Groves Voters Set To Decide Three Charter Amendments

When Loxahatchee Groves voters go to the polls on Tuesday, March 17, they will vote on three ballot questions relating to the town’s charter. One is a housekeeping measure, while two would apply term limits to council members and the mayor.

These ballot questions are in addition to the municipal election for Seat 5, where incumbent Vice Mayor Dave DeMarois is being challenged by former Councilwoman Marge Herzog.

The town’s Charter Review Board spent a great deal of time last year going over the charter, finding portions that are no longer relevant or no longer apply.

The first referendum question asks voters if they want to delete language in the charter that is outdated or no longer applicable to the town regarding boundaries as they relate to annexation prohibitions, qualifying periods, standards of conduct, transition schedules during the incorporation process and references to county taxing districts that no longer apply.

The second question asks if the charter should be amended to provide that a council member may not be selected to serve more than two consecutive annual appointments as mayor unless an annual break of one election cycle (one year) has occurred.

The third question asks if voters wish to provide that a council member may not serve more than two consecutive terms of three years each unless there is at a minimum a break of one regular election cycle following the end of the second term in which the person does not serve as a council member.

The town has created an information page online at that answers frequently asked questions on the referendums, as well as other election information and a sample ballot.

“It lists the three ordinances that are the subject of the referendums,” Town Manager Jamie Titcomb told the Town-Crier on Wednesday. “It gives the description on the ballot, and it gives a brief explanation of what a ‘yes’ vote means and what a ‘no’ vote means. I wrote that for the charter committee to put on the web site because I wanted some explanation from the town about what these meant to the lay person. However, we can’t advocate for or against the outcome of the vote.”

The charter committee started out with 15 members appointed by the council. Four members left, leaving 11 members to finish the completed product approved by the council in November. Bill Ford started as chair, which has since been turned over to former Loxahatchee Groves Water Control District Supervisor Don Widing.

Titcomb said the charter committee will continue to meet regarding other possible changes, but the referendum questions that will appear on the March 17 ballot were produced on a timeline that fit with the Supervisor of Elections schedule.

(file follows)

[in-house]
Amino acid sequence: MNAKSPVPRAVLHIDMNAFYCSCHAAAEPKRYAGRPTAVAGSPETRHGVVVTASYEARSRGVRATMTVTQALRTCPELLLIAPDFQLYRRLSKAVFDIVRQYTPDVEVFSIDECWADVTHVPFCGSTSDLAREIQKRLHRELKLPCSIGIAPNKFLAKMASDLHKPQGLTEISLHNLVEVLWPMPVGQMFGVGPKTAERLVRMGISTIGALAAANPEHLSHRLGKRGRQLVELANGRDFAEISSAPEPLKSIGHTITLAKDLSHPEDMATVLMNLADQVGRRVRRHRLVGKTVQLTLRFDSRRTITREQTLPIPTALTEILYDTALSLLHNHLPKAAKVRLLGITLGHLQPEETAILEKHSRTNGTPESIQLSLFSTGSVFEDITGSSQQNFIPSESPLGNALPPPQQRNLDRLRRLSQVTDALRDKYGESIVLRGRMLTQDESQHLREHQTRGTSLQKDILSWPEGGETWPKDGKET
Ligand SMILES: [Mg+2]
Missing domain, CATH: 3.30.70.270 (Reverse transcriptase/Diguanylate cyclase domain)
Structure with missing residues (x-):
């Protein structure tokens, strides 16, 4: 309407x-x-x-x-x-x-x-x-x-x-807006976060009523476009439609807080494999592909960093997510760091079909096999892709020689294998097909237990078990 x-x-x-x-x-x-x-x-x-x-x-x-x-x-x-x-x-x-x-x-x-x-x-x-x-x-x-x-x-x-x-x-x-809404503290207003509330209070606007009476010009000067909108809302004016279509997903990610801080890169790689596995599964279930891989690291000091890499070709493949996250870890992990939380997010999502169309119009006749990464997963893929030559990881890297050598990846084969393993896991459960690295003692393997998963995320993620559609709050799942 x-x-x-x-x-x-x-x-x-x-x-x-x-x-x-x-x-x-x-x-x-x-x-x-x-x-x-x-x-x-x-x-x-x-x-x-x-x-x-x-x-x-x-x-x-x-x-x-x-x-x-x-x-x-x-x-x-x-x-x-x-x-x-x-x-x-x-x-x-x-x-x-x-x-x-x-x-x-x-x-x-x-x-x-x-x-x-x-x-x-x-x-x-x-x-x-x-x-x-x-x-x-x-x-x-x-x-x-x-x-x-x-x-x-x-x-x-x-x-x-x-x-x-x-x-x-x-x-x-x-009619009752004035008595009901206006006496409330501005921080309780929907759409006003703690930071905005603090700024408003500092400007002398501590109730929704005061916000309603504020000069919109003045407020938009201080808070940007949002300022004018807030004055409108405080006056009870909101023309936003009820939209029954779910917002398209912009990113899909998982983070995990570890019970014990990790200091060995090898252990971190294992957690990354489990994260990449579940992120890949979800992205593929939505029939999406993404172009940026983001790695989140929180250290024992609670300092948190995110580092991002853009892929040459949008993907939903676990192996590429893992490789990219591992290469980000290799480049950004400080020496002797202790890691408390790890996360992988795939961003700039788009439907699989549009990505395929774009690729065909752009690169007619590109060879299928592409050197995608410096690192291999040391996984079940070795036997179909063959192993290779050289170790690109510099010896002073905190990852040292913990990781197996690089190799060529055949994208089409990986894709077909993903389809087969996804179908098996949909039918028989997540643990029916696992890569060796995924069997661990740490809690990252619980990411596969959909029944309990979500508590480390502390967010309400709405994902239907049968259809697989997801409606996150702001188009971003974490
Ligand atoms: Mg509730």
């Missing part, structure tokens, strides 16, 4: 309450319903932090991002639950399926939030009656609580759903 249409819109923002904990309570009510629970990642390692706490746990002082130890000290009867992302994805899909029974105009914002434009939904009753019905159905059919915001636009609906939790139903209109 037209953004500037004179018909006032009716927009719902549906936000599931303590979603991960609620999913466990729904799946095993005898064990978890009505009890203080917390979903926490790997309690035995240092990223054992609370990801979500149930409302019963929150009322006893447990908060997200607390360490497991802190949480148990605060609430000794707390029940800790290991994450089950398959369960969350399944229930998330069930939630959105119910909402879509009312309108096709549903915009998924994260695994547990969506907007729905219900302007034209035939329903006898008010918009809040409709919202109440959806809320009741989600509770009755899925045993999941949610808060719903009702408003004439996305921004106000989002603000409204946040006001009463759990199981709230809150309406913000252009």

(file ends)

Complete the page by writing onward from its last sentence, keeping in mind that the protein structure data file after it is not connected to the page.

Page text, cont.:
He explained that the first question would remove provisions that are no longer relevant, such as details regarding the transition of the town upon incorporation.

“Much of that language was unique to the snapshot in time of going from unincorporated to incorporated,” he said. “None of it is relevant or pertinent anymore. It will retire that outdated or obsolete language.”

Titcomb said voting against the question would not change the way the town operates but leave the charter with a lot of superfluous language.

The question about term limits for the mayor would limit the mayor to two consecutive years as a council-appointed mayor. The largely ceremonial role is selected each year in April from among the sitting members.

“The intent of that is to enable a rotation among all the council members over multiple terms,” Titcomb said. “A ‘no’ vote on that would leave it status quo, which allows any interested council member to be able to serve as mayor for an unrestricted number of terms as long as they’re holding office.”

He said passage of the referendum question would forbid the situation where former Mayor Dave Browning was elected to consecutive mayoral terms from incorporation until he decided not to run for re-election in 2019.

The third referendum question would set term limits for council members to two consecutive terms of three years each.

“The candidate would have to sit out one election cycle, not a term, an election cycle, which essentially is the equivalent of a year,” Titcomb said, explaining that the lawyers got concerned with the language of “one year,” preferring to use the term “election cycle” because some election cycles may be a few days less than year due to election dates. “Then they can run again after that one-year sit-out.”

Titcomb said all the questions are worded to be effective immediately upon approval. “The available seat on the council, whoever wins that seat, if the term limits were to pass also, then they would be applicable to the person who wins that seat next Tuesday,” he said. “The same thing for the mayoral provision. For example, if Mayor [Robert] Shorr, after Tuesday’s vote if they pass the mayoral restriction, he could technically still be appointed mayor two more consecutive years because it would take effect upon passage.”